a blog for the summer missions training team from Bethel Baptist Church

Monday, October 30, 2006

Bridget's Bunia Blog 30

An unsent-letter

Dear Brothers and Sisters in Christ ~

I am very interested to learn more about a cultural phenomenon that I have observed in Bunia during the past year.

I would like very much to know why many of the Revivalist congregations choose to meet at night. More so, I would like to know why the services have to have maximum amplification. If I understand it correctly, only a few members of the congregations gather for such meetings, therefore it doesn't seem necessary to amplify the preaching and the praying and the singing. And if the raison d'être of the amplification is to reach out to the non-Christians and the pagans of the town, surely it would be more appropriate to do so during daytime? I know that, I for one, would be more disposed to listen when I was compos mentis. I thought that God ordained the night hours for sleep so that, rested and refreshed, we could arise and live and work to his praise and glory during the day.

Even the political campaigns don't begin until daybreak when people are awake and functioning. And the Muslim call to prayer – though at 5 am - is short and sweet and not menacing.

I fail to understand how you can justify thus harassing the population: children and students who need a good night's rest in order to study well at school, exhausted mothers, and weary sick people who also need undisturbed nights.

I think the writer of Proverbs 27:14 - "You might as well curse your friends as wake them up early in the morning with a loud greeting" - expresses my point well. And it seems to me that, as Christians, we have a duty to consider our testimony among the unbelievers and to be kind to them.

However, I do see the value of assembling the Christians during the night hours of late when heavy rains are causing people to stay indoors during the daytime hours. Wise move!


Monday, October 16, 2006

Another trip is underway

One of our other leaders, Kelly, plus one of our teammates, Lauren, have embarked on another trip to visit Gregg and Karen in Uganda. They have started their own blog, called Two Crazy Girls in Africa, to provide us with updates from their trip. They went on the same flight as Alex and I did six weeks ago, and arrived safely this morning. They are going to do some work around Gregg and Karen's new flat and help out with office support in addition to checking out ministry opportunities in Uganda.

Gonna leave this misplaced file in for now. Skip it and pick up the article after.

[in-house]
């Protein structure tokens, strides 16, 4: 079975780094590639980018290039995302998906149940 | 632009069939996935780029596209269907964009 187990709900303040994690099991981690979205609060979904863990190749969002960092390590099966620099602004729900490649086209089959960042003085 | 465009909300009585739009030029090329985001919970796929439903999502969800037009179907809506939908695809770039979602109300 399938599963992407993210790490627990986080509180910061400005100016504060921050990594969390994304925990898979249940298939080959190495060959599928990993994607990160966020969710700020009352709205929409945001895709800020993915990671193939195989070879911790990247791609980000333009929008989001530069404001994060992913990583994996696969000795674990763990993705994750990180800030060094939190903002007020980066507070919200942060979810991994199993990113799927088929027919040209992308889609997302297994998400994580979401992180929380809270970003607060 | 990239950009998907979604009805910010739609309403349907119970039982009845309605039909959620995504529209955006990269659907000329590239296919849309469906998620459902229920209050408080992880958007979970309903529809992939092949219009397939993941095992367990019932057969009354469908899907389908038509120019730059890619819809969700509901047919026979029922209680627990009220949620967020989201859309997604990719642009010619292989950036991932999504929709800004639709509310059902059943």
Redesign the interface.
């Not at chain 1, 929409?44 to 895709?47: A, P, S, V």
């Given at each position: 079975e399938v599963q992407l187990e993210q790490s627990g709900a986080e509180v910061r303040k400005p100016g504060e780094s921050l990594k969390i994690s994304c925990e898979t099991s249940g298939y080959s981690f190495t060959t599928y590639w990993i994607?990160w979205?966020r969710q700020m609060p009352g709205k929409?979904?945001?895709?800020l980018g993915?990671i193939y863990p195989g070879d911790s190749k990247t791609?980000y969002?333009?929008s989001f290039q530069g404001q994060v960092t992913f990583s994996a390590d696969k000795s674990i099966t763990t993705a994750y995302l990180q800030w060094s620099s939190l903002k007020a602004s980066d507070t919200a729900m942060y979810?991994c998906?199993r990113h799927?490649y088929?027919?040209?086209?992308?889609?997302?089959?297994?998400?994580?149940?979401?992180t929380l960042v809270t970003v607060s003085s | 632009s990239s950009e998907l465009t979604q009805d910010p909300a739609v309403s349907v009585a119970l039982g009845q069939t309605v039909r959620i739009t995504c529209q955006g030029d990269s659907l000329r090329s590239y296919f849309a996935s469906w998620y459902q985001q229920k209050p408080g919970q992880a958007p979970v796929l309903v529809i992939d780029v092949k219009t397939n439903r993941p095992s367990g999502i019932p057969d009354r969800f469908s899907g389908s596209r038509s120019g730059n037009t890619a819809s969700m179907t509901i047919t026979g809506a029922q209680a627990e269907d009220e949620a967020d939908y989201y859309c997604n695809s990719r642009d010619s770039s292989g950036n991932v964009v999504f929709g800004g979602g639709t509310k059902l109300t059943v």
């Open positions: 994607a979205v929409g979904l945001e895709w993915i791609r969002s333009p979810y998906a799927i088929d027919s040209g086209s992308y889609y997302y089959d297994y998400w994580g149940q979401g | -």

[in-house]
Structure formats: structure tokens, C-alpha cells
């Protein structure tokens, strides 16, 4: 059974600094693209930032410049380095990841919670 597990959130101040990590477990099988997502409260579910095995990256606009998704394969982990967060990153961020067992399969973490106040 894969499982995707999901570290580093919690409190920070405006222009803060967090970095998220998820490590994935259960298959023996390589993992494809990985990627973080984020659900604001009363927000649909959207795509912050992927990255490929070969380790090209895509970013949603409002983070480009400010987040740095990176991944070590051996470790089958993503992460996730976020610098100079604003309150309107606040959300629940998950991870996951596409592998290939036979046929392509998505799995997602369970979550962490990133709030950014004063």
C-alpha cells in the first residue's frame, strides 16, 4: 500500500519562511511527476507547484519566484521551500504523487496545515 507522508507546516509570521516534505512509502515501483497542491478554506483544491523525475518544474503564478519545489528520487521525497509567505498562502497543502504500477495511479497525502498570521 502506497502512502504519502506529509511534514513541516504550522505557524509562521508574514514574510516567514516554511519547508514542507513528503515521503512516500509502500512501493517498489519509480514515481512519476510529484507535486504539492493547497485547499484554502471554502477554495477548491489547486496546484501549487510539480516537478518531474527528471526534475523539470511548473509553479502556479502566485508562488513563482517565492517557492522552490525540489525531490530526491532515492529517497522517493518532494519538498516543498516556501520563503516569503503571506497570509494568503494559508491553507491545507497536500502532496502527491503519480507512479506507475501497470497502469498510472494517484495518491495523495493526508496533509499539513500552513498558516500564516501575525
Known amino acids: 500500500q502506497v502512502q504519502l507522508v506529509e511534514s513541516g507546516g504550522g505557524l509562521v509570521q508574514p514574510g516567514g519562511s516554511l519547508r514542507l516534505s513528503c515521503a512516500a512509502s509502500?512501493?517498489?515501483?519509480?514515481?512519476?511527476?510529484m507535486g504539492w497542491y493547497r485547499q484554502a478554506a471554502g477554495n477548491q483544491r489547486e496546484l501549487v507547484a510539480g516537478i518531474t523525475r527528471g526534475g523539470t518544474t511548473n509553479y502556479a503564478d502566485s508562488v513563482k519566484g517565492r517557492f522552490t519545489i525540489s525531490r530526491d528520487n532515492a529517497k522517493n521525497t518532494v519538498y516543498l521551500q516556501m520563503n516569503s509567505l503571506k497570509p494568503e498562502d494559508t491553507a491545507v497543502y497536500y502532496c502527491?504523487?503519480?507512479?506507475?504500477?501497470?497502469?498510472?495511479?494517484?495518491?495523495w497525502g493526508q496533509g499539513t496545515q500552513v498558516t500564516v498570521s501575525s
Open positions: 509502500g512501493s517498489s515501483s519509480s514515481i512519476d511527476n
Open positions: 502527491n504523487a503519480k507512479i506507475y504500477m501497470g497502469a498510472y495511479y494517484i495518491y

Sunday, October 15, 2006

Update on next meeting

Hey gang... the old notes said we were meeting this weekend, but obviously we are not. The next meeting for any current and potential members of the Congo 2007 team and their families is scheduled for Saturday, October 28 *updated* November 4. More details to follow.

Friday, October 13, 2006

Bridget's Bunia Blog 29

When the Pharisees heard that Jesus had silenced the Sadducees, they came together, and one of them, a teacher of the Law, tried to trap him with a question. "Teacher," he asked, "which is the GREATEST commandment in the Law?"
Jesus answered, 'Love the Lord your God with all your heart, with all your soul, and with all your mind.' This is the greatest and the most important commandment. The second most important commandment is like it: 'Love your neighbor as you love yourself.' The whole Law of Moses and the teachings of the prophets depend on these two commandments." (Mat 22:34-38)

But Jesus, I only wanted one commandment. Why have you confused the issue!

When the students were taught by a British teacher using an American text book, they were confused. There are so many differences between the meaning of the same words, the spelling of the same words and the pronunciation of the same words.

One of them asked, "Teacher, what is the best way of speaking - American or British English?" The teacher answered, "Better, Lwanzo, better. You're comparing two things. Neither is better. The key thing is communication. You must communicate so that people can understand you and so that you can understand them. But more important again is not the accent of your words but the words themselves. 'Do not use harmful words, but only helpful words, the kind that build up and provide what is needed, so that what you say will do good to those who hear you.' " (Eph 4:29)

Bridget Howard